Legislative Action News, July 3, 2012

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Farm Bill – House Consideration Next
By Stephen Frerichs

With Senate passage of the farm bill last month the focus is now on House farm bill consideration. House Agriculture Committee Chairman Lucas (R-OK) has scheduled a full committee mark-up for July 11, 2012.  That mark-up is expected to go fairly quickly, possibly within in a day or two. What happens after that is less clear.

Ideally, after committee mark-up the Republican leadership would allow floor time for full House consideration of the farm bill sometime during the remaining weeks in July.  Passage by the House prior to the August recess would permit relevant committee staff to conference the two versions during the August recess so that a conference bill could be voted on in September prior to the expiration at the end of September of the current farm bill.  So far House leadership has not indicated that they will allow floor time for a farm bill in July. In fact, current rumors are House leadership is not inclined to grant the farm bill floor time for a host of reasons, not the least of which is successfully passing the bill may be very difficult.

If the House leadership does not grant floor time in July, it will also not do so in September which makes an extension necessary. An extension could be for up to a year with the hope of finishing the farm bill during the lame duck session expected after the election or completing punting the farm bill into the next Congress.  In any case, an extension may be necessary simply because of the time required for USDA to implement a new bill, which means writing rules, developing software and training employees. This farm bill is expected to make sweeping changes to the commodity programs, create new crop insurance products as well as consolidate many conservation programs. It would be unrealistic to have a farm bill completed at the end of September and expect USDA to implement the programs immediately for 2013.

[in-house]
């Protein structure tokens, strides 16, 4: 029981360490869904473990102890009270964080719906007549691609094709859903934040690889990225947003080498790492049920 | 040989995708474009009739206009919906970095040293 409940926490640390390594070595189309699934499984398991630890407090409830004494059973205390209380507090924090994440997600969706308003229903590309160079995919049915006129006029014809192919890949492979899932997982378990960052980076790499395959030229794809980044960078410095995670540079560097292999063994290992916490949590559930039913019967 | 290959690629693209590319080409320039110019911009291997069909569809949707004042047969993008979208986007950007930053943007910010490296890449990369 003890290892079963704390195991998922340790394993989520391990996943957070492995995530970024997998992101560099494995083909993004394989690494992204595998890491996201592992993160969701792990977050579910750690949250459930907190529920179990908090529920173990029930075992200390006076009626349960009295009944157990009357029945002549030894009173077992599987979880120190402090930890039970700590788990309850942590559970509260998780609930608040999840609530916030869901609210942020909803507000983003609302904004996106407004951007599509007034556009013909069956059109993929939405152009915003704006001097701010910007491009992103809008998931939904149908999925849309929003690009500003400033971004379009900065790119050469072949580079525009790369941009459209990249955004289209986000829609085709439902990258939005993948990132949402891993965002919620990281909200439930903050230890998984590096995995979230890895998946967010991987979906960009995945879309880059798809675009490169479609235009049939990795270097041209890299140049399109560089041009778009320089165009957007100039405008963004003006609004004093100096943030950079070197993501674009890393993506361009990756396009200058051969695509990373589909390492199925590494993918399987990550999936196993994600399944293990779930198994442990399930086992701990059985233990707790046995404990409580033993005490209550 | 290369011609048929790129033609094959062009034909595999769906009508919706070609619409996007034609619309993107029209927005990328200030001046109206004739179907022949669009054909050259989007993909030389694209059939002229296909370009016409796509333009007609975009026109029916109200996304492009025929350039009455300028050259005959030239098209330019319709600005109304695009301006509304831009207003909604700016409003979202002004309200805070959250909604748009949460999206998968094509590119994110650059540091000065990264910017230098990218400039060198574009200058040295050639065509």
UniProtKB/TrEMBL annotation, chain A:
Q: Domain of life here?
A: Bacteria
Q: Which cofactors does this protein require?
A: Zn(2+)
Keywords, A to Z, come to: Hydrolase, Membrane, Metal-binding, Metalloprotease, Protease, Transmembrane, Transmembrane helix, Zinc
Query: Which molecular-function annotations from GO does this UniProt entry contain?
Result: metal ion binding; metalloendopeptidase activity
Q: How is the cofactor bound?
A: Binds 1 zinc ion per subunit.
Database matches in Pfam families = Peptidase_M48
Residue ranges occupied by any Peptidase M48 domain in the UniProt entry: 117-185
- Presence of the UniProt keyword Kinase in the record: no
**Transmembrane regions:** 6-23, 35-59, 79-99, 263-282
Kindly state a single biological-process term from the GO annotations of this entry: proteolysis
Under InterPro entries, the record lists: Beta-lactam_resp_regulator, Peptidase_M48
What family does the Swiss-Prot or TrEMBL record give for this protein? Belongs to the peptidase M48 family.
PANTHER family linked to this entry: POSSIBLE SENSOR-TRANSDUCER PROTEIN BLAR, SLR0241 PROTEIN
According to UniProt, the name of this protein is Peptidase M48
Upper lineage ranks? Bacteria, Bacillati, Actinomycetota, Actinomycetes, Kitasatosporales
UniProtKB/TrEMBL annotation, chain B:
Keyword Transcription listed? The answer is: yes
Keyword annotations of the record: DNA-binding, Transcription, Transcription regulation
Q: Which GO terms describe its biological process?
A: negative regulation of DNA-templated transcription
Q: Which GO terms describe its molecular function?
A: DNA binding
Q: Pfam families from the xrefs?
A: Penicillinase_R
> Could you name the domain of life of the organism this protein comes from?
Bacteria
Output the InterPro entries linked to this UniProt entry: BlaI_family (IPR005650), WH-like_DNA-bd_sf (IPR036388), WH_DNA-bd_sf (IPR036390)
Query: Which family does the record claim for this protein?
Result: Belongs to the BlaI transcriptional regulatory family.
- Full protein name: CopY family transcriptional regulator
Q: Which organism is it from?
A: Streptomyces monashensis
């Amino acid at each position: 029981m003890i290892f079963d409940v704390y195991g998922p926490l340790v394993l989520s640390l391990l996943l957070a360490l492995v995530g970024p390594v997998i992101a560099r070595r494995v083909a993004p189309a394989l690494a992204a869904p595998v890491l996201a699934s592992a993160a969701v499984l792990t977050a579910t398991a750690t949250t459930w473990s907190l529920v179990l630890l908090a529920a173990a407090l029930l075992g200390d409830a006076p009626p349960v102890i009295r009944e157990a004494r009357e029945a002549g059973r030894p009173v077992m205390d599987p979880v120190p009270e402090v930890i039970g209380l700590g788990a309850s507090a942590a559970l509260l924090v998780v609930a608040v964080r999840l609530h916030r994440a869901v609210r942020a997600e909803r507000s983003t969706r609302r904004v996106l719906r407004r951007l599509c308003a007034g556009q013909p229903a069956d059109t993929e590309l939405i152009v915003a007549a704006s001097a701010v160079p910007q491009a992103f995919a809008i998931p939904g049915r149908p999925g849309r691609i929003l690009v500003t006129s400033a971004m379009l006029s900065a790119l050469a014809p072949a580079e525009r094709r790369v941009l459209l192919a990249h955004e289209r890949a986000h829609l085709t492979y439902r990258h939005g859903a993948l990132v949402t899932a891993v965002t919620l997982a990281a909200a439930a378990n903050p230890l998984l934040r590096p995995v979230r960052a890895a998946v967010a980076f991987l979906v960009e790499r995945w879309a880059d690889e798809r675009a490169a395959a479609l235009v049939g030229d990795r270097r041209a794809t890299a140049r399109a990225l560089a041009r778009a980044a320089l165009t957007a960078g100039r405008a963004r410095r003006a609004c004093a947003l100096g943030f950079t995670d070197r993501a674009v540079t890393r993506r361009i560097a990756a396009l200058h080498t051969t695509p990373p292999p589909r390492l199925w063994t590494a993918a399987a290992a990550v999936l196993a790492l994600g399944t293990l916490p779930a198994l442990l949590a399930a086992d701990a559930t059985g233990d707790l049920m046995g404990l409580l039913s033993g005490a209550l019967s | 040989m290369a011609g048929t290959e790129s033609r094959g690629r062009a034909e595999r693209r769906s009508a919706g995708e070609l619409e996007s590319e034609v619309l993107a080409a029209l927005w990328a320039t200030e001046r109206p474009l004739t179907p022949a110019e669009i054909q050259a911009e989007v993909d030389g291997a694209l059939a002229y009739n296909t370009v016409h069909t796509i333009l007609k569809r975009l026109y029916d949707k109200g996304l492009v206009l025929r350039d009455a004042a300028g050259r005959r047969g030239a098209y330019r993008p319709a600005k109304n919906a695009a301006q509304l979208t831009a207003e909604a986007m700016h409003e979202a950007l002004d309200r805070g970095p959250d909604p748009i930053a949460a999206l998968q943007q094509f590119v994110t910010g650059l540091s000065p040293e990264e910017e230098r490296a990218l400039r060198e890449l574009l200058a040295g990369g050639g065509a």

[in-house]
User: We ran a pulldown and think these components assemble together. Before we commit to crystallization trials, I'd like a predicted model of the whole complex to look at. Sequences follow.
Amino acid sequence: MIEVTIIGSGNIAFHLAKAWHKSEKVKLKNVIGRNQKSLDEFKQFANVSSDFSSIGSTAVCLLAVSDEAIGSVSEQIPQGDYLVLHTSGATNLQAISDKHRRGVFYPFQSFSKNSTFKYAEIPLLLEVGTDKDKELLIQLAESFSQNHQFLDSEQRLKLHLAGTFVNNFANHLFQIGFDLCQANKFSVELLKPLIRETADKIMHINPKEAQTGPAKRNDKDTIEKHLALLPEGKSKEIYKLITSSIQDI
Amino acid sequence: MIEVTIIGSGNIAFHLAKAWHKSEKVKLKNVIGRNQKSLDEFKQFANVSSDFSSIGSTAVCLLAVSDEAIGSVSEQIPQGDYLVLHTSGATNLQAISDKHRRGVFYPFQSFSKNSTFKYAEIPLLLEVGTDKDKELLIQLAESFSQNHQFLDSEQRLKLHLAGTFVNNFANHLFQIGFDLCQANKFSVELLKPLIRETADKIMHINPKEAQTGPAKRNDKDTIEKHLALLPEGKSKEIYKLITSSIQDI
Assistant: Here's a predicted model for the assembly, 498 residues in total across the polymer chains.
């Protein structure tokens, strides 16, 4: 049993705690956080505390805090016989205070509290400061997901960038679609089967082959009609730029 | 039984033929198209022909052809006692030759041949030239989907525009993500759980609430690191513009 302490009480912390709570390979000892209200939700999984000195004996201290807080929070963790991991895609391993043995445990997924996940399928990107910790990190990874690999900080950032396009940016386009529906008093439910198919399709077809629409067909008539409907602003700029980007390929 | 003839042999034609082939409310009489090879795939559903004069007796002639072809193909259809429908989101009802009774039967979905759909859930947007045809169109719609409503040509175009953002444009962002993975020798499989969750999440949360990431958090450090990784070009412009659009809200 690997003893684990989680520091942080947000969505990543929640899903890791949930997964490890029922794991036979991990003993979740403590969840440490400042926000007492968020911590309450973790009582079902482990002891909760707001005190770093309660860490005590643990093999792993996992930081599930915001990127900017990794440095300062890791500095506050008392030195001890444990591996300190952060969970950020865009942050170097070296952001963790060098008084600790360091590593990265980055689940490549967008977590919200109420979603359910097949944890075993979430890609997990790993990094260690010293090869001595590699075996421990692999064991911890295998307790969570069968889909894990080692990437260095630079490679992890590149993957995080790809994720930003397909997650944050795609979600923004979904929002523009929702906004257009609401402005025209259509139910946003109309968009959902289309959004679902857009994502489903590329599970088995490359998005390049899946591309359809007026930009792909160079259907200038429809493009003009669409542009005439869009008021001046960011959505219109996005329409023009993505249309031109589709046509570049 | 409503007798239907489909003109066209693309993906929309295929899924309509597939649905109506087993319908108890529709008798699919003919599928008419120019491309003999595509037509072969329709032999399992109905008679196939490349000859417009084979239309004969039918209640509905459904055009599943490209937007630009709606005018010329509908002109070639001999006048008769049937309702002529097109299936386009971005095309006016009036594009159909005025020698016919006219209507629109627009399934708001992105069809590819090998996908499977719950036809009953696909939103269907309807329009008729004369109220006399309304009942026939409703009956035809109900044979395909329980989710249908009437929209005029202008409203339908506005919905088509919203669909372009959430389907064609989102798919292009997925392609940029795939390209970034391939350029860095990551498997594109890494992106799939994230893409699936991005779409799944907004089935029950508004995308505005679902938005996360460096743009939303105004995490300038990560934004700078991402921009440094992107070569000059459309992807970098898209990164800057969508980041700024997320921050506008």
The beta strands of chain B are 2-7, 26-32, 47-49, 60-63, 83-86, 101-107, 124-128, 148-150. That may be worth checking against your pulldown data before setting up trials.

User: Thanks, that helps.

ASFMRA & AI Testify on Appraisal Fee Disclosure
By Bill Garber

ASFMRA and the Appraisal Institute reiterated their support of separating appraisal and appraisal management company fees on mortgage disclosure forms June 20 in Congressional testimony before the House Committee on Financial Services Subcommittee on Insurance, Housing and Community Opportunity.

The organizations expressed support of clear disclosure of fees paid to appraisers and to an appraisal management company. “We see no consumer benefit with continuing to bundle two separate services, as is the current practice today,” the organizations wrote in their testimony.

The organizations suggested that actual appraisal services and administrative and processing services relating to the management of appraisal operations be separated and the AMC fee moved to the form’s “Origination” section, which is consistent with Section 1475 of the Dodd-Frank Act.

The current draft of the form lists the fee paid to the AMC under “Services You Cannot Shop For,” which also is the same field where the local appraisal company fee is listed.

AI and ASFMRA said that if CFPB opted not to include AMC fees in the “Origination” section, then the AMC fees should be listed directly below the line for the fee paid for the appraisal.

However, the organizations noted one potential complication in separating the fees: the “3 percent points and fees cap,” also established by Dodd-Frank and known as the “Merkley-Klobuchar Amendment.” This provision caps fees paid to banks to 3 percent of the loan amount. However, several large, national banks own appraisal management companies and when the appraisal management fees are bundled with appraisal fees on the consumer disclosure forms, the fees fall outside of the Merkley-Klobuchar Amendment. However, if they are separated on the form, the fees would fall within the 3 percent cap, constricting the amount available to other areas of the loan transaction.

AI and ASFMRA have urged the CFPB to exempt appraisal management company fees from the Merkley-Klobuchar Amendment in support of fully disclosing fees and payees to consumers.

Read the written testimony and view the latest proposed disclosure form.

 Congressional Hearing on Appraisal Oversight

On June 28, The Appraisal Foundation testified before the U.S. House of Representatives, Committee on Financial Services, Subcommittee on Insurance, Housing and Community Opportunity.
The topic of the hearing was Appraisal Oversight: The Regulatory Impact on Consumers and Businesses, and you may click on the following link to the hearing website:
You may also view a copy of written testimony of The Appraisal Foundation (and that of other participants) by clicking on the following respective links:
Panel I
Mr. William B. Shear, Government Accountability Office http://financialservices.house.gov/UploadedFiles/HHRG-112-BA04-WState-WShear-20120628.pdf